Day K, Carreon D, Stump C. The therapeutic design of environments for people with dementia: a review of the empirical research. Gerontologist. 2000;40(4):397–416.
Maas M, Swanson E, Specht J, Buckwalter K. Alzheimer’s special care units. Nurs Clin North Am. 1994;29(1):173–94.
Mahmood A, Chaudhury H, Michael Y, Campo M, Hay K, Sarte A. A photovoice documentation of the role of neighborhood physical and social environments in older adults’ physical activity in two metropolitan areas in North America. Soc Sci Med. 2012;74(8):1180–92.
Verbeek H, van Rossum E, Zwakhalen S, Kempen G, Hamers J. Small homelike care environments for older people with dementia: a literature review. Int Psychogeriatr. 2009;21:252–64.
Verbeek H, Zwakhalen S, van Rossum E, Ambergen T, Kempen G, Hamers J. Small-scale, homelike facilities versus regular psychogeriatric nursing home wards: a cross-sectional study into residents’ characteristics. BMC Health Serv Res. 2010;10:30.
te Boekhorst S, Depla M, de Lange J, Pot A, Eefsting J. The effects of group living homes on older people with dementia: a comparison with traditional nursing home care. Int J Geriatr Psychiatry. 2009;24:970–8.
Verbeek H, Zwakhalen M, van Rossum E, Ambergen T, Kempen G, Hamers J. Dementia care redesigned: effects of small-scale living facilities on residents, their family caregivers, and staff. JAMDA. 2010;11:662–70.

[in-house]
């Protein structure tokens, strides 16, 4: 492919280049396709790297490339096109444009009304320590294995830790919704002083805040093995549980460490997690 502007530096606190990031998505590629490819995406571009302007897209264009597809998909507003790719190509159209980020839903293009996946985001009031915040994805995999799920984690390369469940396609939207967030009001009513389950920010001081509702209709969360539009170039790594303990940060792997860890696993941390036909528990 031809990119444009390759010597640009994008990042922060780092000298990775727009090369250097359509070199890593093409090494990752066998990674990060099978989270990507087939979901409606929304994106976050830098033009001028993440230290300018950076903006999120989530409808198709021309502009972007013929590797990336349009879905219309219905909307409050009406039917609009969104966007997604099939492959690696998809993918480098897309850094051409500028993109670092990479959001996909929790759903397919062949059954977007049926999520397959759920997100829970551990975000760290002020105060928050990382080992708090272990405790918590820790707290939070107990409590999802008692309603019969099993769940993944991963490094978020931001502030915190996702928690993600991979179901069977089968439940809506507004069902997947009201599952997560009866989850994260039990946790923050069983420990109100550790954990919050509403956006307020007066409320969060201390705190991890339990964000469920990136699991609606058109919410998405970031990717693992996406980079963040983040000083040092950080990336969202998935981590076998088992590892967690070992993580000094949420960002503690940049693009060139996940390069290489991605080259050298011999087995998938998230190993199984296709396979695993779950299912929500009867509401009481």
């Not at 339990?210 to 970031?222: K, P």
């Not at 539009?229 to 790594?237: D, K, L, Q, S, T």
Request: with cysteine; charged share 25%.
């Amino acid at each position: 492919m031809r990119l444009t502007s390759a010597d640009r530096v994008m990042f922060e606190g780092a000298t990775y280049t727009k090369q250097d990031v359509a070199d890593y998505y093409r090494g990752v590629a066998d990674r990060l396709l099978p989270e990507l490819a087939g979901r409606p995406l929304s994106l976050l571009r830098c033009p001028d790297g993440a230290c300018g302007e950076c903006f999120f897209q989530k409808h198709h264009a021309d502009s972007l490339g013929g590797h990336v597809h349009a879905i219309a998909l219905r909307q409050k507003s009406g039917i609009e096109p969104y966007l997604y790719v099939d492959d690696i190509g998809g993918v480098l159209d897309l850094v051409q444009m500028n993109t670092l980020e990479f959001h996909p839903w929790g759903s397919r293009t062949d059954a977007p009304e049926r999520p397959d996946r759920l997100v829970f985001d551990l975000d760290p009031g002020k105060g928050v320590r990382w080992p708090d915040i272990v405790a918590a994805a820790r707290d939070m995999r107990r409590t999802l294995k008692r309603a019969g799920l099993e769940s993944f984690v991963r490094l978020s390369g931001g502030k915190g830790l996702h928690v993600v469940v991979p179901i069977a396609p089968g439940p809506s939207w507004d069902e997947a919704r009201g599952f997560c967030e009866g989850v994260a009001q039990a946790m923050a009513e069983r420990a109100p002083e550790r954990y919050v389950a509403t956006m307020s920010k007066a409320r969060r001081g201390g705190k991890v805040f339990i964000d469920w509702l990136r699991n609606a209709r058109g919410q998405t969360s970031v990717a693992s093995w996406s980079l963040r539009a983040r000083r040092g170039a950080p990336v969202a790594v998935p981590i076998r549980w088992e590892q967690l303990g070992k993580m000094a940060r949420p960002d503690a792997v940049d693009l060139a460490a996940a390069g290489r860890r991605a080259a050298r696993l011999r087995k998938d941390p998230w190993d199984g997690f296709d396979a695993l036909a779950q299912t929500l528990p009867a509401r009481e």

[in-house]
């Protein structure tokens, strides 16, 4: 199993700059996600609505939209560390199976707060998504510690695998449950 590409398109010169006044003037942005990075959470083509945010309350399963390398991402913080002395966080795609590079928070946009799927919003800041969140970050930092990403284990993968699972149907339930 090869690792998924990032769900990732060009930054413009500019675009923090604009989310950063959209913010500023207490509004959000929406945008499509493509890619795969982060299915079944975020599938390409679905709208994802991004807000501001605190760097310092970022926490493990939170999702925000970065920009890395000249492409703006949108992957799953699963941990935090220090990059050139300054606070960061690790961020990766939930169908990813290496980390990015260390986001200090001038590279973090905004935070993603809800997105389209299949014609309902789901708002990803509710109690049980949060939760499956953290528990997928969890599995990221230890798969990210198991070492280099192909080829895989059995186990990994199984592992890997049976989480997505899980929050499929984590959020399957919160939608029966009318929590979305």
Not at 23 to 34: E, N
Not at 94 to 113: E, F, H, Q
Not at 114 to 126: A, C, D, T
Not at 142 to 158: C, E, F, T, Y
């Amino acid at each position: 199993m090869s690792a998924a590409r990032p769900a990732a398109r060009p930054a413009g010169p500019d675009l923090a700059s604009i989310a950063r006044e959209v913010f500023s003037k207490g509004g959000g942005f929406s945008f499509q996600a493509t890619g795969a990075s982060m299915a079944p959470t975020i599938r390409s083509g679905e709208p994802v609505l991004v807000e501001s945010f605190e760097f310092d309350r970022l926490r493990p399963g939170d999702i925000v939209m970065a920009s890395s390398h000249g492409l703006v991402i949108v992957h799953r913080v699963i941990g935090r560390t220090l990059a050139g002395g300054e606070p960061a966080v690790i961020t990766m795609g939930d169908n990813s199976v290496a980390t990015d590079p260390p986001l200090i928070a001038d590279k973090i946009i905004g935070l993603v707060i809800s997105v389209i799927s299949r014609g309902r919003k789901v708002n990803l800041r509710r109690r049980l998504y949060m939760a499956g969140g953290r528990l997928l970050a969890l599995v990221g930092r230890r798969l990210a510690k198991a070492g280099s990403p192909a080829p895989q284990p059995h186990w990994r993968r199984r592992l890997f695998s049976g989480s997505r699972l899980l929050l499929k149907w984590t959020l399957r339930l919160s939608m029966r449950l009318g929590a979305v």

de Rooij A, Luijkx K, Schaafsma, Declercq A, Emmerink P, Schols J. Quality of life of residents with dementia in traditional versus small-scale long-term care settings: a quasi-experimental study. Int J Nurs Stud. 2012;49:931–40.
Saxton J, Silverman M, Ricci E, Keane C, Deeley B. Maintenance of mobility in residents of an Alzheimer special care facility. Int Psychogeriatr. 1998;10:213–24.
Faul F, Erdfelder E, Buchner A, Lang A. Statistical power analysis using G*Power 3.1: tests for correlation and regression analysis. Behav Res Methods. 2009;41:1149–60.
Holmes D, Teresi J, Weiner A, Monaco C, Ronch J, Vickers R. Impacts associated with special care units in long term care facilities. Gerontologist. 1990;30:178–83.
Kovach C, Weisman G, Chaudhury H, Calkins M. Impacts of a therapeutic environment for dementia care. Am J Alzheimers Dis. 1997;14:217.
Lindesay J, Briggs K, Lawes M, MacDonald A, Herzberg J. The domus philosophy: evaluation of a new approach to residential care for the demented elderly. Int J Geriatr Psychiatry. 1991;6:727–36.
Kok R, Heeren T, van Hemert A. De geriatric depression scale. Tijdschrift voor psychiatrie. 1993;35(6):416–21.
Yesavage J, Brink T, Rose T, Lum O, Huang V, Adey M, Leirer V. Development and validation of a geriatric depression screening scale: a preliminary report. J Psychiatr Res. 1982–1983;17(1):37–49
Folstein M, Folstein S, McHugh P. Mini-mental state: a practical method for grading the cognitive state of patients for de clinician. J Psychiatr Res. 1975;12:189–98.
Molloy D, Alemayehu E, Roberts R. Reliability of a standardized mini-mental state examination compared with the traditional mini-mental state examination. Am J Psychiatry. 1991;148(1):102–5.
Eefsting J, Boersma F, van Tilburg W, van den Brink W. Usefulness of the ‘Mini-Mental State Test’ for the diagnosis of dementia; study of criterion validity in a Dutch rural population. Ned Tijdschr Geneeskd. 1997;141(43):2066–70.
Lindeboom J, Jonker C. Amsterdamse Dementie Screeningtest (ADS6). Lisse: Swets & Zeitlinger; 1989.
Wilson B, Cockburn J, Baddely A. The Rivermead behavioural memory test. Titchfield: Thames Valley Test Company; 1987.
Luteijn F, Barelds D. Groninger Intelligentietest. Amsterdam: Pearson, 2004.